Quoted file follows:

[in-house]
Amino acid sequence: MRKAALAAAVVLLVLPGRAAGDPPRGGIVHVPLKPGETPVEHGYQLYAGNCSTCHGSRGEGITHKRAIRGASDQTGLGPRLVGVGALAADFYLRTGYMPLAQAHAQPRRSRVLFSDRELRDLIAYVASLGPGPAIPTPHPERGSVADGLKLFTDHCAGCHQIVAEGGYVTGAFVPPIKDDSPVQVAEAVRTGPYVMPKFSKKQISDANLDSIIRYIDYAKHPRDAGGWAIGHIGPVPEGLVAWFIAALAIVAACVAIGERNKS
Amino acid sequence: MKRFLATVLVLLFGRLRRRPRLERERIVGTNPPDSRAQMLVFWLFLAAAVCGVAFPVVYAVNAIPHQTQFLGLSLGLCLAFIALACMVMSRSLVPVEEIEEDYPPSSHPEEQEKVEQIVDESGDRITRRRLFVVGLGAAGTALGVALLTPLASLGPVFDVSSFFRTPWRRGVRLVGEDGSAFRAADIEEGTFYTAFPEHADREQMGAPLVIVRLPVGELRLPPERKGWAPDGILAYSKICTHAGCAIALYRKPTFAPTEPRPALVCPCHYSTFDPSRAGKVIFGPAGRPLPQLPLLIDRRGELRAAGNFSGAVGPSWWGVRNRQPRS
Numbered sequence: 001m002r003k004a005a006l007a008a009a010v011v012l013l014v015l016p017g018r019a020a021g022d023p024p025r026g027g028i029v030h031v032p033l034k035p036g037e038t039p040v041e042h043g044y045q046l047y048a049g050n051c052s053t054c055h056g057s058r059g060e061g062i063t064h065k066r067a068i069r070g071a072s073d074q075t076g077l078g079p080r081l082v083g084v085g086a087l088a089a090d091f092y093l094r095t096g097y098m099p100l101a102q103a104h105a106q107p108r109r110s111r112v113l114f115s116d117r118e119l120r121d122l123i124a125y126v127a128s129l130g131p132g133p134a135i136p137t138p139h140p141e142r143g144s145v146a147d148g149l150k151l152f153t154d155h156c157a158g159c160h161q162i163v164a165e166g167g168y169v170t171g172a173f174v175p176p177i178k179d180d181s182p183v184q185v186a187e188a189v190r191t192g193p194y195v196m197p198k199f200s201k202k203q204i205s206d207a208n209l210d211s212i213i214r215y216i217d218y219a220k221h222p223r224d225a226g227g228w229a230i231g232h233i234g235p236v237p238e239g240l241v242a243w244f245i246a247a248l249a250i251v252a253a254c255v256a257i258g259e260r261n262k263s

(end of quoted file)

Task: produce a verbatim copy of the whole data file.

[in-house]
Amino acid sequence: MRKAALAAAVVLLVLPGRAAGDPPRGGIVHVPLKPGETPVEHGYQLYAGNCSTCHGSRGEGITHKRAIRGASDQTGLGPRLVGVGALAADFYLRTGYMPLAQAHAQPRRSRVLFSDRELRDLIAYVASLGPGPAIPTPHPERGSVADGLKLFTDHCAGCHQIVAEGGYVTGAFVPPIKDDSPVQVAEAVRTGPYVMPKFSKKQISDANLDSIIRYIDYAKHPRDAGGWAIGHIGPVPEGLVAWFIAALAIVAACVAIGERNKS
Amino acid sequence: MKRFLATVLVLLFGRLRRRPRLERERIVGTNPPDSRAQMLVFWLFLAAAVCGVAFPVVYAVNAIPHQTQFLGLSLGLCLAFIALACMVMSRSLVPVEEIEEDYPPSSHPEEQEKVEQIVDESGDRITRRRLFVVGLGAAGTALGVALLTPLASLGPVFDVSSFFRTPWRRGVRLVGEDGSAFRAADIEEGTFYTAFPEHADREQMGAPLVIVRLPVGELRLPPERKGWAPDGILAYSKICTHAGCAIALYRKPTFAPTEPRPALVCPCHYSTFDPSRAGKVIFGPAGRPLPQLPLLIDRRGELRAAGNFSGAVGPSWWGVRNRQPRS
Numbered sequence: 001m002r003k004a005a006l007a008a009a010v011v012l013l014v015l016p017g018r019a020a021g022d023p024p025r026g027g028i029v030h031v032p033l034k035p036g037e038t039p040v041e042h043g044y045q046l047y048a049g050n051c052s053t054c055h056g057s058r059g060e061g062i063t064h065k066r067a068i069r070g071a072s073d074q075t076g077l078g079p080r081l082v083g084v085g086a087l088a089a090d091f092y093l094r095t096g097y098m099p100l101a102q103a104h105a106q107p108r109r110s111r112v113l114f115s116d117r118e119l120r121d122l123i124a125y126v127a128s129l130g131p132g133p134a135i136p137t138p139h140p141e142r143g144s145v146a147d148g149l150k151l152f153t154d155h156c157a158g159c160h161q162i163v164a165e166g167g168y169v170t171g172a173f174v175p176p177i178k179d180d181s182p183v184q185v186a187e188a189v190r191t192g193p194y195v196m197p198k199f200s201k202k203q204i205s206d207a208n209l210d211s212i213i214r215y216i217d218y219a220k221h222p223r224d225a226g227g228w229a230i231g232h233i234g235p236v237p238e239g240l241v242a243w244f245i246a247a248l249a250i251v252a253a254c255v256a257i258g259e260r261n262k263s